I say this because I’m certainly not suggesting divorce is the only path to finding this space. I also won’t sugarcoat the reality that for women, marriage does tend to make it extraordinarily difficult. The data is in and it shows us that the typical marriage in our culture pretty much completely zaps a woman’s time and energy.

Which means that if you are committed to your own Unicorn Space, if you want to write or dance or just have meaningful conversations that aren’t shoved in the six minutes you have open today, it means, I believe, rejecting what our culture sees as typical.

To make it more concrete, that might look like confronting all of the accumulated mom guilt and carving out three or four hours every weekend to be away from the family and doing something you love (I cannot help but state the obvious here about men golfing… I’ll leave that there). It might look like saying no to a child’s request for another sport or activity, even though you feel terrible not supporting their interest (you deserve to have interests too!). It might mean working through your own anxiety about someone else watching your kids even if they aren’t perfect at it. It might mean outsourcing things you could technically do yourself, reducing your work hours if financially feasible, or accepting that peanut butter and jelly is a perfectly acceptable dinner option.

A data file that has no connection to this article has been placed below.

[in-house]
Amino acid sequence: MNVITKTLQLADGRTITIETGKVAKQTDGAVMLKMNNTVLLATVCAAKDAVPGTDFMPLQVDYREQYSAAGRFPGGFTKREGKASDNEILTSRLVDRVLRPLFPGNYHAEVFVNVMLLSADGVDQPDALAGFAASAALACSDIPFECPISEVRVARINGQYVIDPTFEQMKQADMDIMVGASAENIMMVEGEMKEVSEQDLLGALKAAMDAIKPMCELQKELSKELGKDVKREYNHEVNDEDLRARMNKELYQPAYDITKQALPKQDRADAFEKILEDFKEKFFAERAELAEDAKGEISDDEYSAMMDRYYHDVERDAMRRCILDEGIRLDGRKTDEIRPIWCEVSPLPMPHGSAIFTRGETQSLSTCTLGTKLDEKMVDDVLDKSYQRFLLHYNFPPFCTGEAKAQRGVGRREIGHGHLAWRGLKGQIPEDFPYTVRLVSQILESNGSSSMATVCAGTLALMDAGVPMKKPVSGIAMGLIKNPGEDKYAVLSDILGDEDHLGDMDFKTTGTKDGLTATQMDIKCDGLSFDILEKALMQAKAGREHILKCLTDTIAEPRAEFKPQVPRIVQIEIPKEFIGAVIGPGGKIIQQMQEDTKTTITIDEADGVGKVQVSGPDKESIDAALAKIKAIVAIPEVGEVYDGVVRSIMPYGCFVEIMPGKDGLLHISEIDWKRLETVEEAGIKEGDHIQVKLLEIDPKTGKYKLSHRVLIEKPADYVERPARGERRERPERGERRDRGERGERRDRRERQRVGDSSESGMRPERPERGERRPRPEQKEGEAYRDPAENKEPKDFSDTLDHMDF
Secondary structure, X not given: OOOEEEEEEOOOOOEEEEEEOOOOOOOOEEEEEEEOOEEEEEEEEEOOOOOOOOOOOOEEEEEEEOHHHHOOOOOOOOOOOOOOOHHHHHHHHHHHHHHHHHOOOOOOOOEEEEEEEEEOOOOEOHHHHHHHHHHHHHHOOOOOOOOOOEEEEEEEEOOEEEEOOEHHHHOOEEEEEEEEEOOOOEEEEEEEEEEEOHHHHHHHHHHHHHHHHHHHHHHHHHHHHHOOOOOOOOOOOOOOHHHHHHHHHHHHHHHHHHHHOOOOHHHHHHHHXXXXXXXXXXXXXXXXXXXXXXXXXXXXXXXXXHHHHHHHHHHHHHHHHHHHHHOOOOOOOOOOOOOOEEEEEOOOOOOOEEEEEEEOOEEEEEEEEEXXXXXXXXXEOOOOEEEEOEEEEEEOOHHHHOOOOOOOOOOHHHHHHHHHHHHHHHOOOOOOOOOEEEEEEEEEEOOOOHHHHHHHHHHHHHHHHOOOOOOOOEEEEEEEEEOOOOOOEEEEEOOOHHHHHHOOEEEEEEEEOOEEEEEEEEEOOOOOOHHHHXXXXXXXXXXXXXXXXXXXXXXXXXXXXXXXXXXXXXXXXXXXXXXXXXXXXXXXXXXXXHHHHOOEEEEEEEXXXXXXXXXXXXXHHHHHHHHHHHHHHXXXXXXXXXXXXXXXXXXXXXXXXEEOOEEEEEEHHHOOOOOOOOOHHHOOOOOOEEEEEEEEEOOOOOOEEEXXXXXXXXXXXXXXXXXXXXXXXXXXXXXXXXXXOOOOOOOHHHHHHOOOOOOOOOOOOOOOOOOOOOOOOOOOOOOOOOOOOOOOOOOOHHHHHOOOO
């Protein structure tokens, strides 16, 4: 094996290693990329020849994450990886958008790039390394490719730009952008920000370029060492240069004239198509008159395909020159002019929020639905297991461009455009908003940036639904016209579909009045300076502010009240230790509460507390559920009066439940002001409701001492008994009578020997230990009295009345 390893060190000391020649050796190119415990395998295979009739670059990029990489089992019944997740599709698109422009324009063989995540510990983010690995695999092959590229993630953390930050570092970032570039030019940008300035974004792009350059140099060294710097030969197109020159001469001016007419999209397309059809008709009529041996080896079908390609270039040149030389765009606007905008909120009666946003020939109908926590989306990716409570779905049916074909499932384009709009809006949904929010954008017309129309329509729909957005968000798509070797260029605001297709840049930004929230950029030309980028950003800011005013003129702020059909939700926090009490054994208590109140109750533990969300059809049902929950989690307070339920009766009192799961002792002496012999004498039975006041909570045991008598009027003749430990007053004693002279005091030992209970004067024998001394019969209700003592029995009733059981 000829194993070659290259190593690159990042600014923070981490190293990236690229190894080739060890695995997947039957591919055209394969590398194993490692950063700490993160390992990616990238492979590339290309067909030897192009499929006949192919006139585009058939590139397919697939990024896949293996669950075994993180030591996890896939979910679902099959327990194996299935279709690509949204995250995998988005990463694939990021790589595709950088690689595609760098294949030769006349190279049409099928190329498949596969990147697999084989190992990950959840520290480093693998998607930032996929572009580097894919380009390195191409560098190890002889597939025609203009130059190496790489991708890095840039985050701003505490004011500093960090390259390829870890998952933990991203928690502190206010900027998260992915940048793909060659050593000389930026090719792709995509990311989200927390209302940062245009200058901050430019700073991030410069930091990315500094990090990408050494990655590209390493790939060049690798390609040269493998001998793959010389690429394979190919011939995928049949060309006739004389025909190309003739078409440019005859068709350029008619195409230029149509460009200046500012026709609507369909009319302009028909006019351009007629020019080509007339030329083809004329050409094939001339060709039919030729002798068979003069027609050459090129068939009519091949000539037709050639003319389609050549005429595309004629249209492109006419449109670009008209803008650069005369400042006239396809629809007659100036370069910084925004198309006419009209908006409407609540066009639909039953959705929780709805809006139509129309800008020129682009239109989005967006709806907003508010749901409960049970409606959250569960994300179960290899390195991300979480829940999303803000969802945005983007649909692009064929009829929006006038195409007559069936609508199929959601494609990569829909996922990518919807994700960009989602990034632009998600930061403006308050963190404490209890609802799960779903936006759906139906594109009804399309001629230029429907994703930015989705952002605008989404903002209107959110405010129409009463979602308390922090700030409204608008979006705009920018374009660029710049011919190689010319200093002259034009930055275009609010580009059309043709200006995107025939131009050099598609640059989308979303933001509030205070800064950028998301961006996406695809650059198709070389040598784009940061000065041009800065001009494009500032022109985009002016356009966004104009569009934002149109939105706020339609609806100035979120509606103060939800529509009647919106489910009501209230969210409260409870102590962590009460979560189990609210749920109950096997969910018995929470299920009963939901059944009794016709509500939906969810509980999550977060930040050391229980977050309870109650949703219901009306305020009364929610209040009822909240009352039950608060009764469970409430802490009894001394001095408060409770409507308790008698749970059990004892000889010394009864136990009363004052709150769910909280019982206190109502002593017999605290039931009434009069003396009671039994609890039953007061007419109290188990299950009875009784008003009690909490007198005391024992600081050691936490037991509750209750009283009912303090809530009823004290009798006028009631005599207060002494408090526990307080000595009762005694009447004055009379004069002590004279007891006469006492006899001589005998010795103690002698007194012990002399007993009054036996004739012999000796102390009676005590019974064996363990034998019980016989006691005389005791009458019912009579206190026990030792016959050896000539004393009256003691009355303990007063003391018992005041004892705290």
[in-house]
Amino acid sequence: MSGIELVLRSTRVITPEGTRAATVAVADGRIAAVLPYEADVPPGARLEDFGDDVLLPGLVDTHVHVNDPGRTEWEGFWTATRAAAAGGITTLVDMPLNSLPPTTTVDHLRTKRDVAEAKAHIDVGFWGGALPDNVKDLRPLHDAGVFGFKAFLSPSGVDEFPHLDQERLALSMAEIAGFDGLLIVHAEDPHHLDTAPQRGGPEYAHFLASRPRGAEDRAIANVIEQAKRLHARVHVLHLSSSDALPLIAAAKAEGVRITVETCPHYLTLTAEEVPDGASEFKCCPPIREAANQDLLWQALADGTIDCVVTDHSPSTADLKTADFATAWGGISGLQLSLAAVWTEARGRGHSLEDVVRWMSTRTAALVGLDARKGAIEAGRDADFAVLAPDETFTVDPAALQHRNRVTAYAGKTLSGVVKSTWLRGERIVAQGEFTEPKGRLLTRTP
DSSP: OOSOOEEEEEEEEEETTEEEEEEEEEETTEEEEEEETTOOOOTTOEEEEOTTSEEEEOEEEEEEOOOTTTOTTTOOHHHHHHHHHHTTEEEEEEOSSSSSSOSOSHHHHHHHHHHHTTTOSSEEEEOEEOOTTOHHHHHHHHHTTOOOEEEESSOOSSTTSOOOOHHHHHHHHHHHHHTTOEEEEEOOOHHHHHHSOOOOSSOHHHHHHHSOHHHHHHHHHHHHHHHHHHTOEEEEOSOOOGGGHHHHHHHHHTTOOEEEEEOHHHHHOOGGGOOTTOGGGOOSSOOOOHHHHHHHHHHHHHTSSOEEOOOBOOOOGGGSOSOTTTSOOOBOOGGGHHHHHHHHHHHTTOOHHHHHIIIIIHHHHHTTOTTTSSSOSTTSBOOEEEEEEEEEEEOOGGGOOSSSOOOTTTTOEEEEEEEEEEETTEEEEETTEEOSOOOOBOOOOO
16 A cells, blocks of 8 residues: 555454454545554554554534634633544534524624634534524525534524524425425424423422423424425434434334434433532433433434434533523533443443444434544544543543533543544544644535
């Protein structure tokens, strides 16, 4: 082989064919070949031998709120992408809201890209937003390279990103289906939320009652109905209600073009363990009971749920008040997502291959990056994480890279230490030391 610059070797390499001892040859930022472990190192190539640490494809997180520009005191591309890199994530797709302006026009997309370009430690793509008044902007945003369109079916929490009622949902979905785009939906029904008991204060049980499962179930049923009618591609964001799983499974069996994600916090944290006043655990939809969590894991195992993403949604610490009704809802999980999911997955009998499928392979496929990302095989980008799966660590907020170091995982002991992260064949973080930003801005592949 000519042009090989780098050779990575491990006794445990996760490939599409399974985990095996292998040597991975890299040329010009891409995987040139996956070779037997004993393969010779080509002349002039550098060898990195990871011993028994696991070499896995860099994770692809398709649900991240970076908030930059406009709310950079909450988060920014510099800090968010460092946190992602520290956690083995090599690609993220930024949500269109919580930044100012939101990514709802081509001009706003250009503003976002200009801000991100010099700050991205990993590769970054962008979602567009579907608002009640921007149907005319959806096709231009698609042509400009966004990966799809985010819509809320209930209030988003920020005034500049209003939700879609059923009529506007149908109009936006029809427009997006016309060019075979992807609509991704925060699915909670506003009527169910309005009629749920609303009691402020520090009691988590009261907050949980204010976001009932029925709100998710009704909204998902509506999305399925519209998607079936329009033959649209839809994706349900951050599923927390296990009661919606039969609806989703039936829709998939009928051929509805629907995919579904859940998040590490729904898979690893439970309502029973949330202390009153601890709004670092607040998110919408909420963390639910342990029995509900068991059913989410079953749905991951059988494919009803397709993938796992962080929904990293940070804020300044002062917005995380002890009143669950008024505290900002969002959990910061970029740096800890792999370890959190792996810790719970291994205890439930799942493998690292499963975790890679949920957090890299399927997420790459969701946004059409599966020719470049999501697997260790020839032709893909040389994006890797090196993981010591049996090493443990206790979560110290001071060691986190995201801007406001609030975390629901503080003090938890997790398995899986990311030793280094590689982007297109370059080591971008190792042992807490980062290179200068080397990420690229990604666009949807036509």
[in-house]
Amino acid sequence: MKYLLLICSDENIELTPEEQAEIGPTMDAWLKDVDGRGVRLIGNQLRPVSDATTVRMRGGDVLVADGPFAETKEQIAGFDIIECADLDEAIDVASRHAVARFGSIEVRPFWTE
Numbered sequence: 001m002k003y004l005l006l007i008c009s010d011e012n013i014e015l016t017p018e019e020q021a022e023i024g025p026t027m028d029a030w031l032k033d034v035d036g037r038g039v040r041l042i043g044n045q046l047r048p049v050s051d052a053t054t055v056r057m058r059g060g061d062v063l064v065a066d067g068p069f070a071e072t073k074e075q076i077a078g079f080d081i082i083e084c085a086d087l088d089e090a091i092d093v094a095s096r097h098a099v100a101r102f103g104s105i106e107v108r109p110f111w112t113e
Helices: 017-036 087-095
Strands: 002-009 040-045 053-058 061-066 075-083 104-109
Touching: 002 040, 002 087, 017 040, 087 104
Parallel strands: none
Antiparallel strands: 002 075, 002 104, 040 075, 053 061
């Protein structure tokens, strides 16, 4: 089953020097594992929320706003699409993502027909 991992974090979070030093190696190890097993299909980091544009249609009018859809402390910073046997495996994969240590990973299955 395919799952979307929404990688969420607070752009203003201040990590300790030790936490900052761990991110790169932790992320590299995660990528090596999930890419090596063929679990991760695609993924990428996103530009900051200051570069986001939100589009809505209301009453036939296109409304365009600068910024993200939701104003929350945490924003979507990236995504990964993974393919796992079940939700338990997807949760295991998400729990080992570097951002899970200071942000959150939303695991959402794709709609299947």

Gah. I know. Some of this sounds hard. Some of it might be impossible depending on your circumstances, which is why I said in the beginning I’m not going to be prescriptive. But I also know that the world needs what we as women want and need to create. Whether that’s a piece of writing, a piece of art, thoughtful solutions to big problems, or deeper relationships. And to do that, we need more than some scattered piece of time confetti blowing in the air.

Dr. Ashley Solomon is the founder of Galia Collaborative, an organization dedicated to helping women heal, thrive, and lead. She works with individuals, teams, and companies to empower women with modern mental healthcare and the tools they need to amplify their impact in a messy world.